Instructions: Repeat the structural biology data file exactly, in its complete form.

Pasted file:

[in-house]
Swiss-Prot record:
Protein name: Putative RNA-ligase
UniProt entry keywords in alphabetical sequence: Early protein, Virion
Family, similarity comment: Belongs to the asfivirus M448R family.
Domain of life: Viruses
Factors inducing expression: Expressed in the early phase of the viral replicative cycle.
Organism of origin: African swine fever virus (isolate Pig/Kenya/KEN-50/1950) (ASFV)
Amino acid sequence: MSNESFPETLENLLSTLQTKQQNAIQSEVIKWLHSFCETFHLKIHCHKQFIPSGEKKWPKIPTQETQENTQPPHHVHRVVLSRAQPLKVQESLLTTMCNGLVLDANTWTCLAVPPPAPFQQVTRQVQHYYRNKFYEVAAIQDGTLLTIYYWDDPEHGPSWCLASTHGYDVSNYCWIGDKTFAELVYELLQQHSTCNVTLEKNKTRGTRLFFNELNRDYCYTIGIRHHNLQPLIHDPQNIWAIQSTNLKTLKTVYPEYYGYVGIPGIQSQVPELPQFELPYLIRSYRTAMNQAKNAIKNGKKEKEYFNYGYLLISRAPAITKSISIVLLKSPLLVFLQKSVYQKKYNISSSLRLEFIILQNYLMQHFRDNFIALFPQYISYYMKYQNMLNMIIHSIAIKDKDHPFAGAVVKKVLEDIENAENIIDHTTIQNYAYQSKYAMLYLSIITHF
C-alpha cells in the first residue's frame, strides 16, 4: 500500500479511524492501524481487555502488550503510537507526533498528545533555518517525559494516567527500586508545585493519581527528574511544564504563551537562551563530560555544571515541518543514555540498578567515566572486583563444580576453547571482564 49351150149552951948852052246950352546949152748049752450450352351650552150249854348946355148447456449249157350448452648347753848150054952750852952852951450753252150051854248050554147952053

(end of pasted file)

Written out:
[in-house]
Swiss-Prot record:
Protein name: Putative RNA-ligase
UniProt entry keywords in alphabetical sequence: Early protein, Virion
Family, similarity comment: Belongs to the asfivirus M448R family.
Domain of life: Viruses
Factors inducing expression: Expressed in the early phase of the viral replicative cycle.
Organism of origin: African swine fever virus (isolate Pig/Kenya/KEN-50/1950) (ASFV)
Amino acid sequence: MSNESFPETLENLLSTLQTKQQNAIQSEVIKWLHSFCETFHLKIHCHKQFIPSGEKKWPKIPTQETQENTQPPHHVHRVVLSRAQPLKVQESLLTTMCNGLVLDANTWTCLAVPPPAPFQQVTRQVQHYYRNKFYEVAAIQDGTLLTIYYWDDPEHGPSWCLASTHGYDVSNYCWIGDKTFAELVYELLQQHSTCNVTLEKNKTRGTRLFFNELNRDYCYTIGIRHHNLQPLIHDPQNIWAIQSTNLKTLKTVYPEYYGYVGIPGIQSQVPELPQFELPYLIRSYRTAMNQAKNAIKNGKKEKEYFNYGYLLISRAPAITKSISIVLLKSPLLVFLQKSVYQKKYNISSSLRLEFIILQNYLMQHFRDNFIALFPQYISYYMKYQNMLNMIIHSIAIKDKDHPFAGAVVKKVLEDIENAENIIDHTTIQNYAYQSKYAMLYLSIITHF
C-alpha cells in the first residue's frame, strides 16, 4: 500500500479511524492501524481487555502488550503510537507526533498528545533555518517525559494516567527500586508545585493519581527528574511544564504563551537562551563530560555544571515541518543514555540498578567515566572486583563444580576453547571482564 49351150149552951948852052246950352546949152748049752450450352351650552150249854348946355148447456449249157350448452648347753848150054952750852952852951450753252150051854248050554147952053